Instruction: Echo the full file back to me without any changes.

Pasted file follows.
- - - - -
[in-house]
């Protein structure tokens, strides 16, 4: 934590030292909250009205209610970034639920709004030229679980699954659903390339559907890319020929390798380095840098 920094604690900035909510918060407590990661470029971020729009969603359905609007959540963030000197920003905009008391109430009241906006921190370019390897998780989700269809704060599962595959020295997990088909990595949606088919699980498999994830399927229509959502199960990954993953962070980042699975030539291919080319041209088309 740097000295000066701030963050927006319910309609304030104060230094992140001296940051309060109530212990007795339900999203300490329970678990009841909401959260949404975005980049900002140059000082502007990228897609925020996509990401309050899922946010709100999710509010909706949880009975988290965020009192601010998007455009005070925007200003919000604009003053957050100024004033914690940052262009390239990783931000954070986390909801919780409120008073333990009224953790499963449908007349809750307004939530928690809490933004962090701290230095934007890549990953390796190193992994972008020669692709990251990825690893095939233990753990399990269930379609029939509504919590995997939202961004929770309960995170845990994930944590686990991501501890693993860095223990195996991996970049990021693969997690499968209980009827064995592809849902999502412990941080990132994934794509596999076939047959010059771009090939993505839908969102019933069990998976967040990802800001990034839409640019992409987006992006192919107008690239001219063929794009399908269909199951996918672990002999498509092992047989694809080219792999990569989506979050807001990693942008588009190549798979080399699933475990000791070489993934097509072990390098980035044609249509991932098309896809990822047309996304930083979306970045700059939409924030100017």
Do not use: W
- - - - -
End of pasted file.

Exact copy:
[in-house]
């Protein structure tokens, strides 16, 4: 934590030292909250009205209610970034639920709004030229679980699954659903390339559907890319020929390798380095840098 920094604690900035909510918060407590990661470029971020729009969603359905609007959540963030000197920003905009008391109430009241906006921190370019390897998780989700269809704060599962595959020295997990088909990595949606088919699980498999994830399927229509959502199960990954993953962070980042699975030539291919080319041209088309 740097000295000066701030963050927006319910309609304030104060230094992140001296940051309060109530212990007795339900999203300490329970678990009841909401959260949404975005980049900002140059000082502007990228897609925020996509990401309050899922946010709100999710509010909706949880009975988290965020009192601010998007455009005070925007200003919000604009003053957050100024004033914690940052262009390239990783931000954070986390909801919780409120008073333990009224953790499963449908007349809750307004939530928690809490933004962090701290230095934007890549990953390796190193992994972008020669692709990251990825690893095939233990753990399990269930379609029939509504919590995997939202961004929770309960995170845990994930944590686990991501501890693993860095223990195996991996970049990021693969997690499968209980009827064995592809849902999502412990941080990132994934794509596999076939047959010059771009090939993505839908969102019933069990998976967040990802800001990034839409640019992409987006992006192919107008690239001219063929794009399908269909199951996918672990002999498509092992047989694809080219792999990569989506979050807001990693942008588009190549798979080399699933475990000791070489993934097509072990390098980035044609249509991932098309896809990822047309996304930083979306970045700059939409924030100017």
Do not use: W